5.26.2010

Not living in the past. Here's something new......

Office Lobby in the Dallas area.  April 2010.

We tend to get pigeon-holed in this industry.  Do a nice campaign with people in it and you're sunk.  You'll only get calls for projects with people.  We tend to do it to ourselves though.  We find a part of photography that's fun for us and we go back to the well again and again. But the reality is that if you are the beneficiary (victim?) of both a well rounded, liberal arts education and a good technical grounding in photography, you should be able to bring both the taste and skills (such as they are) to just about any assignment.

One of my first assignments, years ago, was for a lifestyle magazine dedicated to American antiquities.  I spent months and months on the road photographing the interiors and exteriors of historic homes.  I shot plantation houses, ranch houses and meticulous reproductions of famous historic architectural styles.  I got to know my view camera and my interior lighting from every angle and at one point could use it almost as fast as a point and shoot.

So, recently I did a comprehensive job for a law firm, shooting partners and associates and their far flung offices.  The art director I worked was one of the rare ones who really gets that styles can cross over genres and specialities.  With this in mind she also asked me to shoot the offices.

I was entranced by this lobby.  Those are huge metal doors in the background.  They move with computer controlled electric motors.  They are "James Bond" cool.

Here's a close-up of the doors.....
I used a Canon 5D mk 2 and an old 20mm f2.8 lens.  I did a few, slight perspective changes in PhotoShop but nothing too dramatic.  I remembered that I like shooting architectural stuff.  I'd largely abandoned it in deference to a close friend.  I didn't want to compete.  But now we've both decided to broaden our markets so I'm looking for more interesting assignments like this.

It's not too hard when the client and their architectural designers have done their jobs well.  The challenging stuff is trying to make a silk purse out of tilt wall construction and cheap furniture.  But that's story for another time.....

11 comments:

David Ingram said...

Cool photographs - love those wavy lines and colors. Architectural photography can be so interesting! Perhaps more interesting than photographing lawyers. Did you use a tripod?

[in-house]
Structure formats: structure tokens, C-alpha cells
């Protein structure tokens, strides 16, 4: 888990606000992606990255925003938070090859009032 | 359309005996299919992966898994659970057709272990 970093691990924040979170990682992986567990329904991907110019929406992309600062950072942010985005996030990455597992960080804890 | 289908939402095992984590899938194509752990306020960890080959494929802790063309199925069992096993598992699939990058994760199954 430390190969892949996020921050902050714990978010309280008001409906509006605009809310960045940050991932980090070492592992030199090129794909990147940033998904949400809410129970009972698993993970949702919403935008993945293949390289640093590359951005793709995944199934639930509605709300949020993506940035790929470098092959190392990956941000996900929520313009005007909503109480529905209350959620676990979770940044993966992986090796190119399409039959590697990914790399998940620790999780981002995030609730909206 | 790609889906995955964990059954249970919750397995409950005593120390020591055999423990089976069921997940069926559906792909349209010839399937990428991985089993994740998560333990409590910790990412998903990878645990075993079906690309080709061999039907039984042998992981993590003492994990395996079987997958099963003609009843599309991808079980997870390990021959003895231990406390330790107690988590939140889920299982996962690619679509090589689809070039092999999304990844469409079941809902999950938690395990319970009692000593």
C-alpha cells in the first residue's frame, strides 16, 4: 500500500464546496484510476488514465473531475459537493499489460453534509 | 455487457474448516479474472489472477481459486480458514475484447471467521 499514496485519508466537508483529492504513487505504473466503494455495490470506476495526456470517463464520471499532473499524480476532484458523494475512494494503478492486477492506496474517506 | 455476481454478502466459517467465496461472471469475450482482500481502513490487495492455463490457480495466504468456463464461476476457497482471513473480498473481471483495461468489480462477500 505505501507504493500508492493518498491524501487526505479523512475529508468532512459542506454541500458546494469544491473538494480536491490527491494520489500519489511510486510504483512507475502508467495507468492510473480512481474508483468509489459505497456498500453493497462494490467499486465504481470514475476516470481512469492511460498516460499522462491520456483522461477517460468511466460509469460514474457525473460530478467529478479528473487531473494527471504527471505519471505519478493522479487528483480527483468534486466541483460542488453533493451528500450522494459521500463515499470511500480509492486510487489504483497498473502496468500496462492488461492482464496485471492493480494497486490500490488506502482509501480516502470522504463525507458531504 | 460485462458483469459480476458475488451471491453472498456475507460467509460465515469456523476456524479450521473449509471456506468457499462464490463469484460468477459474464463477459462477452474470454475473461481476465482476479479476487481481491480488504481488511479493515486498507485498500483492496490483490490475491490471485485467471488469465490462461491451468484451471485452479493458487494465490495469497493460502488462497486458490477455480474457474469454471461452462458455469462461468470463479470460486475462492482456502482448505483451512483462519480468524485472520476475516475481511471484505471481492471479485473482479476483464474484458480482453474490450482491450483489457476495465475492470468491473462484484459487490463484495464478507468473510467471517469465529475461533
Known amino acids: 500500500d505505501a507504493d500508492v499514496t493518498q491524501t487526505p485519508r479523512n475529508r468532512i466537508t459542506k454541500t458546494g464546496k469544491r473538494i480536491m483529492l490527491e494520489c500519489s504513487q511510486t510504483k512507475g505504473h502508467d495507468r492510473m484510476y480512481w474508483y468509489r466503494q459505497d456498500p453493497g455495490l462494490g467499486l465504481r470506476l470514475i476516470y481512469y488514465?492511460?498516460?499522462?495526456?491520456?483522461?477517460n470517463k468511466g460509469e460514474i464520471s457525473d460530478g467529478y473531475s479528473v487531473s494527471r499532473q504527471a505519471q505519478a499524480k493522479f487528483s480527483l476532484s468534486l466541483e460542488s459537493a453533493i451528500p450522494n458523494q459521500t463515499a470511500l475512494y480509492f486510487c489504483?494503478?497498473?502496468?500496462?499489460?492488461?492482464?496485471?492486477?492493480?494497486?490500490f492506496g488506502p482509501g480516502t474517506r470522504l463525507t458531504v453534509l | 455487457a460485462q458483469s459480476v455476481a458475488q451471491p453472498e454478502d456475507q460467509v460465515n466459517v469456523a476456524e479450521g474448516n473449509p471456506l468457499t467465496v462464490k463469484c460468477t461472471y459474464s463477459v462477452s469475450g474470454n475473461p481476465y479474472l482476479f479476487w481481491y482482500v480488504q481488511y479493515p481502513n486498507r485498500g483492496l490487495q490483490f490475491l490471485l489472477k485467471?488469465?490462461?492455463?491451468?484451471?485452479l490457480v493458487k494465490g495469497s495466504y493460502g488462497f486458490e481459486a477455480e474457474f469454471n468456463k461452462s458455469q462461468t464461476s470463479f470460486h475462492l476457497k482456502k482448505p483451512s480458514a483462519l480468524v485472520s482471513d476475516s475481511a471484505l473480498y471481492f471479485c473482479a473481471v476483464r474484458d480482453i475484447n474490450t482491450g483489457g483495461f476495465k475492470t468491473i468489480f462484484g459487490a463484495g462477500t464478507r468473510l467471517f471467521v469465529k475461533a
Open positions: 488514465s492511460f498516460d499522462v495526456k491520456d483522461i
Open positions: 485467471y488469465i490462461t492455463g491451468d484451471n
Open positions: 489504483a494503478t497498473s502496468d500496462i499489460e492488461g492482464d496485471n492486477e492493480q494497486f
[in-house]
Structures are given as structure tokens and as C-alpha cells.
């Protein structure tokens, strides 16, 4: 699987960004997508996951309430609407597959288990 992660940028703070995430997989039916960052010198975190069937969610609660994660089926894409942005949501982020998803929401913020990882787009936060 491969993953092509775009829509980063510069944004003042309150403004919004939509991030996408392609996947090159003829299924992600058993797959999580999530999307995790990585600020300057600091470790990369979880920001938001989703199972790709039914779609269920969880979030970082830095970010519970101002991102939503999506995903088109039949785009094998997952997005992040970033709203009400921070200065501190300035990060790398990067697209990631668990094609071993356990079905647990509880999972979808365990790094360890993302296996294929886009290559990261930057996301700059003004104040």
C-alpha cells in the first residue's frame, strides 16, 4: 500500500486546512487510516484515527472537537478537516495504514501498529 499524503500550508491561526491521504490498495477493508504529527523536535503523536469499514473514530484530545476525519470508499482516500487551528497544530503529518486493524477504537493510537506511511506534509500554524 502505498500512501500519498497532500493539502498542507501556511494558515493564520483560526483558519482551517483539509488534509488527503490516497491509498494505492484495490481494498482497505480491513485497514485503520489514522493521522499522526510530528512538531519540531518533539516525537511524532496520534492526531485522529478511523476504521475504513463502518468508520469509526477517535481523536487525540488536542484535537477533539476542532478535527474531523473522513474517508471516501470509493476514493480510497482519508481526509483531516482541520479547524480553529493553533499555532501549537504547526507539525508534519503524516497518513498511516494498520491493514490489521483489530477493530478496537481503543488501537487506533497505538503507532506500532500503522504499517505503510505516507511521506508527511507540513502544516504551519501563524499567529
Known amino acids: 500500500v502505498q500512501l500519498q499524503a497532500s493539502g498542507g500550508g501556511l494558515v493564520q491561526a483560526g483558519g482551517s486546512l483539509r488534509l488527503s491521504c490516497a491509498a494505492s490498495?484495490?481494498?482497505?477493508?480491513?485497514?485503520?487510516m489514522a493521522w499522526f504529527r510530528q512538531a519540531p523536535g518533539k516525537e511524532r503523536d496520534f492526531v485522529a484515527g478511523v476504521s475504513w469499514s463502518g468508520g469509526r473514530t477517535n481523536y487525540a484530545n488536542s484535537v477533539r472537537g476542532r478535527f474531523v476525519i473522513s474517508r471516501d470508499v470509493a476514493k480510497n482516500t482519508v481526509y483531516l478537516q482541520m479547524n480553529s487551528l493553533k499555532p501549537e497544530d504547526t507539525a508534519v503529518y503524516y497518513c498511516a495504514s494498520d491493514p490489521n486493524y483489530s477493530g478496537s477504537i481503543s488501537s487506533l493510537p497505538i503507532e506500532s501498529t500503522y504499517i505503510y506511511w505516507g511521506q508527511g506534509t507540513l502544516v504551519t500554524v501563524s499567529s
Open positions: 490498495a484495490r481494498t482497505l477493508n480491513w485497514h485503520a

kirk tuck said...

David, Thanks!!! Just to be a gear nerd for a second, I used a Gitzo g1439 Carbon Fiber Tripod with a Manfrotto 468 MG (magnesium) ballhead. I used a small level in the tripod shoe. I love photographing lawyers. But sometimes it's nice to stretch....

Anonymous said...

How is it that you can pull amazing images out day after day? Most of us get a keeper once in a great while. Your stuff is nearly always amazing. Is there some kind of secret you are not telling us?

kirk tuck said...

I've got no secrets. I go out every single day with a camera. I take a camera to swim practice. I take a camera to dinner. If there's nothing to shoot I don't worry about it. But if there is...........

Michael Ferron said...

Kirk as a major fan of B&W I have to tell you the top photo is very cool. Color like that is hard to find.

Anonymous said...

Color like that is hard to find unless you're in a casino, disco, brothel or amusement park. In a law office a gaudy display like this would be unusual. Do the attorneys wear clown suits ?

kirk tuck said...

Anonymous,

I think it's wonderful when business people take the time to do fun, inventive things with architecture and art instead of just mindlessly looking at the bottom line. I like innovation, new art, new ways of looking at things, and all the risk that entails.

I think you are being far too judgmental. If you think this looks to garish perhaps I have not done my job well enough....

Dave Jenkins said...

Kirk, disregard criticism when it comes from people who aren't willing to sign their names to it. Any creep can snipe from a hideout.

kirk tuck said...

Dave, Maybe I really didn't convey the coolness of the place and the ultra James Bond panache of the giant doors that revolve open at the touch of a button. Next time I will video tape it as well....

Kate CPH said...

It's gaudy yes (and definately not Gaudi)! I think this looks more Austin Powers than James Bond, but I like the fact that this is for a law firm, as I always imagine law offices being straight lined, black and white, suit & tie kind of places, not colourful like this.
It's nice to see someone dares to be different!

atmtx said...

OOO fantastic lines and color. Boy would I like to photograph this place too. Great work, Kirk.